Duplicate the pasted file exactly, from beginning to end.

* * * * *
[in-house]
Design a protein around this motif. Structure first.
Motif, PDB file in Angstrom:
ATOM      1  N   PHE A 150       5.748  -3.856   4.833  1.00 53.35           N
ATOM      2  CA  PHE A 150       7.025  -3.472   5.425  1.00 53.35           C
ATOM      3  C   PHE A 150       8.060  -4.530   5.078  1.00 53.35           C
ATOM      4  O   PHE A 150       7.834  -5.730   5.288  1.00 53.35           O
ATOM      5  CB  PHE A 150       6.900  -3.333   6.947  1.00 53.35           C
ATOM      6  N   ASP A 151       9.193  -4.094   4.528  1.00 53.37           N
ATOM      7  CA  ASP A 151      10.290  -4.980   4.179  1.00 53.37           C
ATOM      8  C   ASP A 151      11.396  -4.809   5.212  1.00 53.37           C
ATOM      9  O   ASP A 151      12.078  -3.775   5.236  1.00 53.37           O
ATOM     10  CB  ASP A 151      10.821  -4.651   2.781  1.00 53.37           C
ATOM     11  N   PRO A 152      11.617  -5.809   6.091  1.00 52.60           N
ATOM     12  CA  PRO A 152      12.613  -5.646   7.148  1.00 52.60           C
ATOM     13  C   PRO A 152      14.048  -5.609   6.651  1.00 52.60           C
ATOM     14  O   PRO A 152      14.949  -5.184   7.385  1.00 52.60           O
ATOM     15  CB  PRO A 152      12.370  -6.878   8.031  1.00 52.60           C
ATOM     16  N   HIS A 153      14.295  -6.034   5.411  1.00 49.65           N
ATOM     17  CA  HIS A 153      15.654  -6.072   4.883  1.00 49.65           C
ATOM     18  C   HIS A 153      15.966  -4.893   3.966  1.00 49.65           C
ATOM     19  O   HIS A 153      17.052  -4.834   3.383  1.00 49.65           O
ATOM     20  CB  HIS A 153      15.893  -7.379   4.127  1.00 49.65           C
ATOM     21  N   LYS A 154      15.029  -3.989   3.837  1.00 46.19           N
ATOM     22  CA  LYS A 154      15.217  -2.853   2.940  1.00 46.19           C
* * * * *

[in-house]
Design a protein around this motif. Structure first.
Motif, PDB file in Angstrom:
ATOM      1  N   PHE A 150       5.748  -3.856   4.833  1.00 53.35           N
ATOM      2  CA  PHE A 150       7.025  -3.472   5.425  1.00 53.35           C
ATOM      3  C   PHE A 150       8.060  -4.530   5.078  1.00 53.35           C
ATOM      4  O   PHE A 150       7.834  -5.730   5.288  1.00 53.35           O
ATOM      5  CB  PHE A 150       6.900  -3.333   6.947  1.00 53.35           C
ATOM      6  N   ASP A 151       9.193  -4.094   4.528  1.00 53.37           N
ATOM      7  CA  ASP A 151      10.290  -4.980   4.179  1.00 53.37           C
ATOM      8  C   ASP A 151      11.396  -4.809   5.212  1.00 53.37           C
ATOM      9  O   ASP A 151      12.078  -3.775   5.236  1.00 53.37           O
ATOM     10  CB  ASP A 151      10.821  -4.651   2.781  1.00 53.37           C
ATOM     11  N   PRO A 152      11.617  -5.809   6.091  1.00 52.60           N
ATOM     12  CA  PRO A 152      12.613  -5.646   7.148  1.00 52.60           C
ATOM     13  C   PRO A 152      14.048  -5.609   6.651  1.00 52.60           C
ATOM     14  O   PRO A 152      14.949  -5.184   7.385  1.00 52.60           O
ATOM     15  CB  PRO A 152      12.370  -6.878   8.031  1.00 52.60           C
ATOM     16  N   HIS A 153      14.295  -6.034   5.411  1.00 49.65           N
ATOM     17  CA  HIS A 153      15.654  -6.072   4.883  1.00 49.65           C
ATOM     18  C   HIS A 153      15.966  -4.893   3.966  1.00 49.65           C
ATOM     19  O   HIS A 153      17.052  -4.834   3.383  1.00 49.65           O
ATOM     20  CB  HIS A 153      15.893  -7.379   4.127  1.00 49.65           C
ATOM     21  N   LYS A 154      15.029  -3.989   3.837  1.00 46.19           N
ATOM     22  CA  LYS A 154      15.217  -2.853   2.940  1.00 46.19           C